Stormquakes are a phenomenon characterized by seismic activity originating at the ocean floor due to powerful storms. (2019-12-06)
Move over Jules Verne -- scientists deploy ocean floats to peer into Earth's interior
The release of more than 50 floating sensors, called Mobile Earthquake Recording in Marine Areas by Independent Divers (MERMAIDs), is increasing the number of seismic stations around the planet. (2019-12-06)
Finding meaning in 'Rick and Morty,' one burp at a time
One of the first things viewers of 'Rick and Morty' might notice about Rick is his penchant for punctuating his speech with burps. (2019-12-05)
Bats may benefit from wildfire
Bats face many threats -- from habitat loss and climate change to emerging diseases, such as white-nose syndrome. (2019-12-05)
Can 3D-printing musical instruments produce better sound than traditional instruments?
Music is an art, but it is also a science involving vibrating reeds and strings, sound waves and resonances. (2019-12-05)
Atom music lets listeners experience atomic world through sound
Atoms absorb and release energy in the form of photons that we perceive as different colors, which can be passed through a prism that reveals the atom's spectrum as colored lines. (2019-12-04)
National Park Service scientists: Does aircraft noise make birds more vocal?
National Park Service scientists analyzed nearly 1 million 10-second audio recording samples from national parks across the country and discovered a small increase in bird sound detection when an aircraft sound is also detected. (2019-12-04)
Characterizing whale vocalization can help map migration
Killer whale pods each have their own set of calls they use to communicate, sometimes referred to as the pod's 'dialect.' By characterizing a pod's calls, researchers can track its seasonal movements, gaining a better understanding of the whales' lives. (2019-12-03)
Ultrasound techniques give warning signs of preterm births
Ultrasound can be used to examine cervix tissue and improve diagnostics, which is essential for predicting preterm births, and ultrasound data is used to compare two techniques for evaluating changes in cervical tissue throughout pregnancy. (2019-12-03)
Improving drug delivery for brain tumor treatment
Despite improvements in drug delivery mechanisms, treating brain tumors has remained challenging. (2019-12-02)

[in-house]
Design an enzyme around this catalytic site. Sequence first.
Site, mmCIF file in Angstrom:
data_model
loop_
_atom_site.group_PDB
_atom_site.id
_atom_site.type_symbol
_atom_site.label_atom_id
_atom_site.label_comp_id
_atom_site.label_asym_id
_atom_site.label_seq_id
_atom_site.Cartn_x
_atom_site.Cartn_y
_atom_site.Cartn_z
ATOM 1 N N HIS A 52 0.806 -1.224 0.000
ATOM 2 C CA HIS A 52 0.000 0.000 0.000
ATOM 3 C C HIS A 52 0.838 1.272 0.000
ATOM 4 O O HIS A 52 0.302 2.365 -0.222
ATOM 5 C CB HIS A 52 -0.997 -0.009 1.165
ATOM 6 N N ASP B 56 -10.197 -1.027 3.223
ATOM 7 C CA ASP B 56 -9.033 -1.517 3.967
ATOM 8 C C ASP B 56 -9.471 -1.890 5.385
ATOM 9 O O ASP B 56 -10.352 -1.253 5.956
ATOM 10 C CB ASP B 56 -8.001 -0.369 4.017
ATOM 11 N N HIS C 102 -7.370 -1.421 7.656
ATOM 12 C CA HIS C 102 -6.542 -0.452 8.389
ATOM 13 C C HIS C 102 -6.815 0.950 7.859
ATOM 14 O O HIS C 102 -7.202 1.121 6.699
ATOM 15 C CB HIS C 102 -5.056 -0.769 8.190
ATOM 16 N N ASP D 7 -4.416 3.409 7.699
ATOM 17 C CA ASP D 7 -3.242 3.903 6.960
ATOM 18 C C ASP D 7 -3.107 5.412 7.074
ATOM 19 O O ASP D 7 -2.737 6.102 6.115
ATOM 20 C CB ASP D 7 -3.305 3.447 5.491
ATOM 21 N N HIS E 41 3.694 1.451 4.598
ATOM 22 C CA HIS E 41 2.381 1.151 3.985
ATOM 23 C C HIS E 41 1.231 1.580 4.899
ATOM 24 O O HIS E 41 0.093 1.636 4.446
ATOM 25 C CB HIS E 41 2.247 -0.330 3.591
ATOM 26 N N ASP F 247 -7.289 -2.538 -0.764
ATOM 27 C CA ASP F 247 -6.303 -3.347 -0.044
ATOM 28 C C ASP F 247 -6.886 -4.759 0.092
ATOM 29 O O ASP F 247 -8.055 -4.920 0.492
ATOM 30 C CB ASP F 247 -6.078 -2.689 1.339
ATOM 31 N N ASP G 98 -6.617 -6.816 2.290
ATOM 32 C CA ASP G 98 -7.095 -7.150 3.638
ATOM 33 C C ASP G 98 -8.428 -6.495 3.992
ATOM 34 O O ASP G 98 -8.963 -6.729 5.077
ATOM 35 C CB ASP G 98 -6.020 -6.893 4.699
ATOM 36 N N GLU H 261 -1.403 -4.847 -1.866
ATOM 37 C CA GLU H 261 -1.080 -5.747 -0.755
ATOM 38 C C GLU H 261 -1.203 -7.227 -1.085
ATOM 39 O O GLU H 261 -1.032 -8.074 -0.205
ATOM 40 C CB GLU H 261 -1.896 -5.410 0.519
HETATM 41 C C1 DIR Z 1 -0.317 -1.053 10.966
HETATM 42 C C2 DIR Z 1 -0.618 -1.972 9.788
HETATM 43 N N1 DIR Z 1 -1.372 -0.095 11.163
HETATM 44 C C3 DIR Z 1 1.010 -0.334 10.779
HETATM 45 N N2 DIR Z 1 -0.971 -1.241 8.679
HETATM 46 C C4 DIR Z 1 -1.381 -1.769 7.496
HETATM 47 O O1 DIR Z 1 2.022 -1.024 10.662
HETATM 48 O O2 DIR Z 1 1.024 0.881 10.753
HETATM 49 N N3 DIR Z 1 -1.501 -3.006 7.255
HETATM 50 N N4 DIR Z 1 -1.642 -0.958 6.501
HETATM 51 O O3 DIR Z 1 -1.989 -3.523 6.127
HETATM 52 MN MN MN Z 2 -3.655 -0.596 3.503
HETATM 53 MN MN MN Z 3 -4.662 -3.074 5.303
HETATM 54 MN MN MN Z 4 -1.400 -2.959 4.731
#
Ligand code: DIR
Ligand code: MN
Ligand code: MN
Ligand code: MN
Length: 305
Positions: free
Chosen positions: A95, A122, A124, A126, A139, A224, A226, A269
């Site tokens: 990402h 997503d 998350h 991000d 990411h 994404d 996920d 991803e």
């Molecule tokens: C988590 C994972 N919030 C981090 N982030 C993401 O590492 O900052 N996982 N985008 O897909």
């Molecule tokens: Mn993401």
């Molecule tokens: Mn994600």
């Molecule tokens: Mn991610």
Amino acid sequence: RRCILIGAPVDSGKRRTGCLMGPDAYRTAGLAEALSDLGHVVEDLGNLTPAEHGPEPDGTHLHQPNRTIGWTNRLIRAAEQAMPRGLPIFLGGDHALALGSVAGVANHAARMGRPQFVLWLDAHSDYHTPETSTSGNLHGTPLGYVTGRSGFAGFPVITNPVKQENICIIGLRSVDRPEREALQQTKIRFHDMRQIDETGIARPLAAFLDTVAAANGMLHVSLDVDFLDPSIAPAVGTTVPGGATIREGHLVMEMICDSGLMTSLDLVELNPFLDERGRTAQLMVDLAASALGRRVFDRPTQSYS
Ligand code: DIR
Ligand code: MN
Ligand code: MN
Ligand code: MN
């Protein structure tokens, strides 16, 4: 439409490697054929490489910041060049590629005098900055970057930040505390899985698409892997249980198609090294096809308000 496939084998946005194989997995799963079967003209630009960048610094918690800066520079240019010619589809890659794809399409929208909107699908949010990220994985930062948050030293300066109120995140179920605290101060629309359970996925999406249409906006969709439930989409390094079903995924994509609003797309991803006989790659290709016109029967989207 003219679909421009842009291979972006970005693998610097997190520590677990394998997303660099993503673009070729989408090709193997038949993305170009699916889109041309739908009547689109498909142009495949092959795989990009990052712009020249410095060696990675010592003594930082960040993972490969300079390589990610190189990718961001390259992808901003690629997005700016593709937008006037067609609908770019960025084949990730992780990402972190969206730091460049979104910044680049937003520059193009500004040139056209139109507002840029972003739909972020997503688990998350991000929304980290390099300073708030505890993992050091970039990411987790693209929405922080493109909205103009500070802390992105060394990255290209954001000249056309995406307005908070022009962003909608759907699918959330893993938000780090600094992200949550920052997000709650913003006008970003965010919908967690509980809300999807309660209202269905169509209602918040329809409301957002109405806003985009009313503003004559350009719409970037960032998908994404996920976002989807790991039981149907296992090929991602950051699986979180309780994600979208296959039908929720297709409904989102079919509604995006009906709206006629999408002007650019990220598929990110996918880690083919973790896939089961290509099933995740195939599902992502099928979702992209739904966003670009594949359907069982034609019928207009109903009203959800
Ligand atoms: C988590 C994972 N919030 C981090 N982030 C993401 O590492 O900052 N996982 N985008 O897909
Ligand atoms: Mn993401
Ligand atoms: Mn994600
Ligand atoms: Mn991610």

Whales stop being socialites when boats are about
The noise and presence of boats can harm humpback whales' ability to communicate and socialise, in some cases reducing their communication range by a factor of four. (2019-11-28)
Super light dampers for low tones
A team of Empa acoustic researchers has built macroscopic crystal structures that use internal ro-tation to attenuate the propagation of waves. (2019-10-15)
Light and sound in silicon chips: The slower the better
Acoustics is a missing dimension in silicon chips because acoustics can complete specific tasks that are difficult to do with electronics and optics alone. (2019-09-16)
Underwater soundscapes reveal differences in marine environments
Storms, boat traffic, animal noises and more contribute to the underwater sound environment in the ocean, even in areas considered protected. (2019-09-04)
Ultrasound: The potential power for cardiovascular disease therapy
In the current issue of Cardiovascular Innovations and Applications volume 4, issue 2, pp. (2019-08-15)
Researchers create first-ever personalised sound projector with £10 webcam
A University of Sussex research team have demonstrated the first sound projector that can track a moving individual and deliver an acoustic message as they move, to a high-profile tech and media conference in LA. (2019-08-05)
Strong storms also play big role in Antarctic ice shelf collapse
Warming temperatures and changes in ocean circulation and salinity are driving the breakup of ice sheets in Antarctica, but a new study suggests that intense storms may help push the system over the edge. (2019-07-18)
Mastering a prickly problem in ferrofluids